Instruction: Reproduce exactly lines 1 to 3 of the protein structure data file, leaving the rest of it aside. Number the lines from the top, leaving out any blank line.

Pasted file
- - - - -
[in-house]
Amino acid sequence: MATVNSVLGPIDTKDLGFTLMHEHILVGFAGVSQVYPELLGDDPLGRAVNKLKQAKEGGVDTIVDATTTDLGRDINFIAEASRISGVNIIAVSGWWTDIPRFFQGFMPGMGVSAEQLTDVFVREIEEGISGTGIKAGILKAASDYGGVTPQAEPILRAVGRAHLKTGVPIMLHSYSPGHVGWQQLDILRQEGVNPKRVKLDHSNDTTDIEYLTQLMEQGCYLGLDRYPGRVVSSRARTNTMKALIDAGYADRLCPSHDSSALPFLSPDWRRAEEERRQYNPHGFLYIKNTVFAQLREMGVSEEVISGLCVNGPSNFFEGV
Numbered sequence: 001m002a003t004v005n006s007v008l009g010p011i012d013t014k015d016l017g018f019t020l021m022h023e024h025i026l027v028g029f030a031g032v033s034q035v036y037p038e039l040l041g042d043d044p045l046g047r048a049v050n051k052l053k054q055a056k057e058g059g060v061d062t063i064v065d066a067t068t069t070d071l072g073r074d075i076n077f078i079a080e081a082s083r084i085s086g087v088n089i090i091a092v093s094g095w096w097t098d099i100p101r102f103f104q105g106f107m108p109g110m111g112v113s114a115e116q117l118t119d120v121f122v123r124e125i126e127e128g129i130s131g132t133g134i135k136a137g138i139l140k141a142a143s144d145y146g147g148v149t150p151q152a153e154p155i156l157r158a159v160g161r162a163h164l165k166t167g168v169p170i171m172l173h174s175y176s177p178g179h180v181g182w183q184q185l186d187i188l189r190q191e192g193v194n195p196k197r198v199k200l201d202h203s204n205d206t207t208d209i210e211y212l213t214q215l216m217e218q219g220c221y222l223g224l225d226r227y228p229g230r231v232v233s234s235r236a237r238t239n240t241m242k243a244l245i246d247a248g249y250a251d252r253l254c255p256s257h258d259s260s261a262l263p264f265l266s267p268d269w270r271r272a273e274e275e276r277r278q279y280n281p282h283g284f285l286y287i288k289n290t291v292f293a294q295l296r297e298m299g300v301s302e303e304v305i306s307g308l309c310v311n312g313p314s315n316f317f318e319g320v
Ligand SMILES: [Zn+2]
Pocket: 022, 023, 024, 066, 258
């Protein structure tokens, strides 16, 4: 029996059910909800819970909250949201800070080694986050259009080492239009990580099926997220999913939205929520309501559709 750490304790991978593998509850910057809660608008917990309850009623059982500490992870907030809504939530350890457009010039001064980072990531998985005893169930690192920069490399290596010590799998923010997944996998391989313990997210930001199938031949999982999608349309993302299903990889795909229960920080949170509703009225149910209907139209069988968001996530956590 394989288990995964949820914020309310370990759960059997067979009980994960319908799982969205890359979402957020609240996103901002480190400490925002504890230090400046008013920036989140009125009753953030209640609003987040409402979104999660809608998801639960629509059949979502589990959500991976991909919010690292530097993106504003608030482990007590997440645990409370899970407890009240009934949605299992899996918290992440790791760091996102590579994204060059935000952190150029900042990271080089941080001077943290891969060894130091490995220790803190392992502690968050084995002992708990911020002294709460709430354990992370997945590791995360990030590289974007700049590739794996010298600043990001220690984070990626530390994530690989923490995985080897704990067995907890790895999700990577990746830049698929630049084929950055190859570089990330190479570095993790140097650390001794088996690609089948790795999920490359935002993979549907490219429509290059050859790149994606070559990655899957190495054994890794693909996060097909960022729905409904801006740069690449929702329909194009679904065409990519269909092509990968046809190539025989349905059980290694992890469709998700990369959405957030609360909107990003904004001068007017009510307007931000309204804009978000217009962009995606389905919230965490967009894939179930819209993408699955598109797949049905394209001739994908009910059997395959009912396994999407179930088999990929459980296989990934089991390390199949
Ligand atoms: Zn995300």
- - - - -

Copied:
[in-house]
Amino acid sequence: MATVNSVLGPIDTKDLGFTLMHEHILVGFAGVSQVYPELLGDDPLGRAVNKLKQAKEGGVDTIVDATTTDLGRDINFIAEASRISGVNIIAVSGWWTDIPRFFQGFMPGMGVSAEQLTDVFVREIEEGISGTGIKAGILKAASDYGGVTPQAEPILRAVGRAHLKTGVPIMLHSYSPGHVGWQQLDILRQEGVNPKRVKLDHSNDTTDIEYLTQLMEQGCYLGLDRYPGRVVSSRARTNTMKALIDAGYADRLCPSHDSSALPFLSPDWRRAEEERRQYNPHGFLYIKNTVFAQLREMGVSEEVISGLCVNGPSNFFEGV
Numbered sequence: 001m002a003t004v005n006s007v008l009g010p011i012d013t014k015d016l017g018f019t020l021m022h023e024h025i026l027v028g029f030a031g032v033s034q035v036y037p038e039l040l041g042d043d044p045l046g047r048a049v050n051k052l053k054q055a056k057e058g059g060v061d062t063i064v065d066a067t068t069t070d071l072g073r074d075i076n077f078i079a080e081a082s083r084i085s086g087v088n089i090i091a092v093s094g095w096w097t098d099i100p101r102f103f104q105g106f107m108p109g110m111g112v113s114a115e116q117l118t119d120v121f122v123r124e125i126e127e128g129i130s131g132t133g134i135k136a137g138i139l140k141a142a143s144d145y146g147g148v149t150p151q152a153e154p155i156l157r158a159v160g161r162a163h164l165k166t167g168v169p170i171m172l173h174s175y176s177p178g179h180v181g182w183q184q185l186d187i188l189r190q191e192g193v194n195p196k197r198v199k200l201d202h203s204n205d206t207t208d209i210e211y212l213t214q215l216m217e218q219g220c221y222l223g224l225d226r227y228p229g230r231v232v233s234s235r236a237r238t239n240t241m242k243a244l245i246d247a248g249y250a251d252r253l254c255p256s257h258d259s260s261a262l263p264f265l266s267p268d269w270r271r272a273e274e275e276r277r278q279y280n281p282h283g284f285l286y287i288k289n290t291v292f293a294q295l296r297e298m299g300v301s302e303e304v305i306s307g308l309c310v311n312g313p314s315n316f317f318e319g320v